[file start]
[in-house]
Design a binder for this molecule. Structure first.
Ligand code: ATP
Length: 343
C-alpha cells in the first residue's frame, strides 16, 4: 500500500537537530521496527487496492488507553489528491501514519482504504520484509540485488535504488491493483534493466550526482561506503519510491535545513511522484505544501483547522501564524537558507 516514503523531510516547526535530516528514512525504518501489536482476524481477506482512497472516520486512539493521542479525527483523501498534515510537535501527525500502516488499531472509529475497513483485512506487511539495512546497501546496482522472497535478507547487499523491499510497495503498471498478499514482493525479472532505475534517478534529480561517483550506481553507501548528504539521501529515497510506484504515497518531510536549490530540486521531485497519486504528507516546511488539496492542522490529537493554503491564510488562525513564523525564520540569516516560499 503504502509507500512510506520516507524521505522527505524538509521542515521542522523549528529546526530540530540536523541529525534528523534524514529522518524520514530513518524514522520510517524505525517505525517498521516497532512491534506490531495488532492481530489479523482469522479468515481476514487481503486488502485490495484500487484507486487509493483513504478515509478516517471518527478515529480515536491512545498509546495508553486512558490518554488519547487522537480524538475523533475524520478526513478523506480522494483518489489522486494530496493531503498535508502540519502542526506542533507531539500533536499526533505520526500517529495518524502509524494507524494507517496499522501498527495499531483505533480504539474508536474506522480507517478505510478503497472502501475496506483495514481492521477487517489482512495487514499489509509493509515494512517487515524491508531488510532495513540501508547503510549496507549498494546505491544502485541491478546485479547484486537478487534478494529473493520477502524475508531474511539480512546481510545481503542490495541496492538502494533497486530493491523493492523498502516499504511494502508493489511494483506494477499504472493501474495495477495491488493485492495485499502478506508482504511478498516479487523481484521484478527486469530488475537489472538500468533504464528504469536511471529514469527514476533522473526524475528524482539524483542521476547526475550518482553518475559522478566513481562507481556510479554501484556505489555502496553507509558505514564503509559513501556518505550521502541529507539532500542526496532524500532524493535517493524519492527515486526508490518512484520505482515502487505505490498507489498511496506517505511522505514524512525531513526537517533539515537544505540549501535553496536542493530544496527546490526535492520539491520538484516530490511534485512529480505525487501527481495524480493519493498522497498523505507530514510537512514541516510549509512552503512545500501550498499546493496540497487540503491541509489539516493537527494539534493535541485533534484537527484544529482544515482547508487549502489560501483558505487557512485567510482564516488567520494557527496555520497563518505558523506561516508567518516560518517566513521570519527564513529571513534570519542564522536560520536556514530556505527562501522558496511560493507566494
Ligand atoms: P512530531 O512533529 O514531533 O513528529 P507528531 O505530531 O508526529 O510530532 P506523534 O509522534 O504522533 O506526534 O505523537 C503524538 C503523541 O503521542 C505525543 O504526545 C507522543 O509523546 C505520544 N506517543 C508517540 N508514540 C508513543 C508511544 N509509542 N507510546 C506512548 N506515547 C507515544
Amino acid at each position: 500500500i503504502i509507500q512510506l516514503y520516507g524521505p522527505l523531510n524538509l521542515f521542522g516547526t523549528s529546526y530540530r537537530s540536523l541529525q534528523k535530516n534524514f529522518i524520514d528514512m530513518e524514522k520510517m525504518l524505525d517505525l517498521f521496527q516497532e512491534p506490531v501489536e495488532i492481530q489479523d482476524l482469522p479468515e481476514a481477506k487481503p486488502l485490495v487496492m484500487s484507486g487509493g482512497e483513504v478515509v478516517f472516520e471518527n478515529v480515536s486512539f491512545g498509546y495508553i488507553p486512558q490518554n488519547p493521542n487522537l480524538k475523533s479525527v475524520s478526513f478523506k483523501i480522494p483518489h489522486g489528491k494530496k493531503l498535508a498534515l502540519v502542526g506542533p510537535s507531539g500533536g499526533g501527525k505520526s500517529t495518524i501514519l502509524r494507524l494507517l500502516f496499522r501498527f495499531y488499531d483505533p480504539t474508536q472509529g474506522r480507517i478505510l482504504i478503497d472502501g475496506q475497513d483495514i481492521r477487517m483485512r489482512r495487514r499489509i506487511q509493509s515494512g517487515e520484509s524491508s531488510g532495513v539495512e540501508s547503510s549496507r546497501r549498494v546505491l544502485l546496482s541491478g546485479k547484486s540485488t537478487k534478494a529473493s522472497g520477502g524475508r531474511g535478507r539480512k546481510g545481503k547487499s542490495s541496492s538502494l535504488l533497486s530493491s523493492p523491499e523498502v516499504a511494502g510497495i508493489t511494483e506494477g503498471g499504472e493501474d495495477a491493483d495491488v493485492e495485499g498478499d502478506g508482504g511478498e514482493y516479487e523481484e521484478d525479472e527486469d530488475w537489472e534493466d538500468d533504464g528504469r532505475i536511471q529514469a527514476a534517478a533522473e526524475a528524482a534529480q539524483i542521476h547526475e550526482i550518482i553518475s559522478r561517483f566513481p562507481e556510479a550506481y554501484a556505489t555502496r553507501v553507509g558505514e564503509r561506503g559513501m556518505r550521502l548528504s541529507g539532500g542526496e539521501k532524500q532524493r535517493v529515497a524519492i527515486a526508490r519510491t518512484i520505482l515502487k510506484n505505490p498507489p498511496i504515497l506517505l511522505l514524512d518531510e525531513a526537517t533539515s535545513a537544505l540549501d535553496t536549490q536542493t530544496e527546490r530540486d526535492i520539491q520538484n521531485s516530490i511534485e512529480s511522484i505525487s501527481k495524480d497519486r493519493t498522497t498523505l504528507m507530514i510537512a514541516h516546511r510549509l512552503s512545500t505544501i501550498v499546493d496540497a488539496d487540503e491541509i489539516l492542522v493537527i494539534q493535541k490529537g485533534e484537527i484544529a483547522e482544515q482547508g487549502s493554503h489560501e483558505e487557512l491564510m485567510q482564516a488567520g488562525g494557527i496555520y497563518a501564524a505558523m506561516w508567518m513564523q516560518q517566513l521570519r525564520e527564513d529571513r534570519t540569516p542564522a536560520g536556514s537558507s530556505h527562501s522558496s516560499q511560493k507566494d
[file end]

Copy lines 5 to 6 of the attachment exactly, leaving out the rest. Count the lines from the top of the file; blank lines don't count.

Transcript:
C-alpha cells in the first residue's frame, strides 16, 4: 500500500537537530521496527487496492488507553489528491501514519482504504520484509540485488535504488491493483534493466550526482561506503519510491535545513511522484505544501483547522501564524537558507 516514503523531510516547526535530516528514512525504518501489536482476524481477506482512497472516520486512539493521542479525527483523501498534515510537535501527525500502516488499531472509529475497513483485512506487511539495512546497501546496482522472497535478507547487499523491499510497495503498471498478499514482493525479472532505475534517478534529480561517483550506481553507501548528504539521501529515497510506484504515497518531510536549490530540486521531485497519486504528507516546511488539496492542522490529537493554503491564510488562525513564523525564520540569516516560499 503504502509507500512510506520516507524521505522527505524538509521542515521542522523549528529546526530540530540536523541529525534528523534524514529522518524520514530513518524514522520510517524505525517505525517498521516497532512491534506490531495488532492481530489479523482469522479468515481476514487481503486488502485490495484500487484507486487509493483513504478515509478516517471518527478515529480515536491512545498509546495508553486512558490518554488519547487522537480524538475523533475524520478526513478523506480522494483518489489522486494530496493531503498535508502540519502542526506542533507531539500533536499526533505520526500517529495518524502509524494507524494507517496499522501498527495499531483505533480504539474508536474506522480507517478505510478503497472502501475496506483495514481492521477487517489482512495487514499489509509493509515494512517487515524491508531488510532495513540501508547503510549496507549498494546505491544502485541491478546485479547484486537478487534478494529473493520477502524475508531474511539480512546481510545481503542490495541496492538502494533497486530493491523493492523498502516499504511494502508493489511494483506494477499504472493501474495495477495491488493485492495485499502478506508482504511478498516479487523481484521484478527486469530488475537489472538500468533504464528504469536511471529514469527514476533522473526524475528524482539524483542521476547526475550518482553518475559522478566513481562507481556510479554501484556505489555502496553507509558505514564503509559513501556518505550521502541529507539532500542526496532524500532524493535517493524519492527515486526508490518512484520505482515502487505505490498507489498511496506517505511522505514524512525531513526537517533539515537544505540549501535553496536542493530544496527546490526535492520539491520538484516530490511534485512529480505525487501527481495524480493519493498522497498523505507530514510537512514541516510549509512552503512545500501550498499546493496540497487540503491541509489539516493537527494539534493535541485533534484537527484544529482544515482547508487549502489560501483558505487557512485567510482564516488567520494557527496555520497563518505558523506561516508567518516560518517566513521570519527564513529571513534570519542564522536560520536556514530556505527562501522558496511560493507566494
Ligand atoms: P512530531 O512533529 O514531533 O513528529 P507528531 O505530531 O508526529 O510530532 P506523534 O509522534 O504522533 O506526534 O505523537 C503524538 C503523541 O503521542 C505525543 O504526545 C507522543 O509523546 C505520544 N506517543 C508517540 N508514540 C508513543 C508511544 N509509542 N507510546 C506512548 N506515547 C507515544